More U.S. middle school students dying of suicide than car crashes, CDC finds
The underlying causes of suicide are highly complex, making it difficult to explain the trends.
The steady seven-year rise in middle school suicides, from an annual rate of 0.9 to 2.1 per 100,000, came as traffic deaths among the same age group declined to 1.9 per 100,000, according to the U.S. Centers for Disease Control and Prevention in Atlanta.
In aggregate numbers, 425 young people 10 to 14 years of age took their own lives in 2014, compared with 384 who perished in automobile accidents that year, according to the CDC.
"Any rise [in youth suicides] should be of concern, there's no doubt," Mark Kaplan, a professor of social welfare at the University of California, Los Angeles, said in a phone interview, commenting on the findings.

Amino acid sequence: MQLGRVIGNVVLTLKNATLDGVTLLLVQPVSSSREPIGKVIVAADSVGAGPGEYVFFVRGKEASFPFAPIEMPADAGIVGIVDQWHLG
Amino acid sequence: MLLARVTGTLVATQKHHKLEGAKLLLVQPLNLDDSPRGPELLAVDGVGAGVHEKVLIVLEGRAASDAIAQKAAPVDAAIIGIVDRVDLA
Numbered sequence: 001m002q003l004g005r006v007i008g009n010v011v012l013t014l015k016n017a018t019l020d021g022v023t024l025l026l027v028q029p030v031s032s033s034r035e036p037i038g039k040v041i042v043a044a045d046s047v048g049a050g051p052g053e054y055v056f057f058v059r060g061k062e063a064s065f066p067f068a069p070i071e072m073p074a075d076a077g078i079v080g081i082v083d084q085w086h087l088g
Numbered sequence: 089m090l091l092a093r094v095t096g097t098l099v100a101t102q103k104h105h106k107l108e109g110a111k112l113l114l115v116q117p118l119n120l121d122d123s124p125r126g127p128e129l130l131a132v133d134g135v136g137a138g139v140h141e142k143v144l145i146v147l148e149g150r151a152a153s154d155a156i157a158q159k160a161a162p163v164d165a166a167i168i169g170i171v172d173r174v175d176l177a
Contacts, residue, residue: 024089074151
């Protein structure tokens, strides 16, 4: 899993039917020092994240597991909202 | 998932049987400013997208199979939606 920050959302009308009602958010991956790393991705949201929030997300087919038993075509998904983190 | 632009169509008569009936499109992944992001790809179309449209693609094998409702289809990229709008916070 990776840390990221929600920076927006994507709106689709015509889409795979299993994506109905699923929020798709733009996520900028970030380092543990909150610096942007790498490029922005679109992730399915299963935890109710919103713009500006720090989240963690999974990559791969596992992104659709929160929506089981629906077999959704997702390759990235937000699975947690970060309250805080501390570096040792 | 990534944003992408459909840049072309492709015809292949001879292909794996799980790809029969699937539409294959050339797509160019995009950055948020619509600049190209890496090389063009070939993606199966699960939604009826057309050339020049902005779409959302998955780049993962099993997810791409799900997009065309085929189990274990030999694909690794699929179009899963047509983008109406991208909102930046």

The underlying causes of suicide are highly complex, making it difficult to explain the trends documented by the CDC, he added.
Mortality rates from traffic collisions among all age groups have decreased over several decades in the United States, which observers attribute in part to improved safety features in cars, such as airbags.
Where to get help
Kids Help Phone – 1-800-668-6868 (Phone), Live Chat (online chat counselling) - visit www.kidshelpphone.ca
Canadian Association for Suicide Prevention: Find a 24-hour crisis centre
If you're worried someone you know may be at risk of suicide, you should talk to them, says the Canadian Association for Suicide Prevention. Here are some warning signs:
- Suicidal thoughts.
- Substance abuse.
- Feeling trapped.
- Hopelessness and helplessness.
- Mood changes.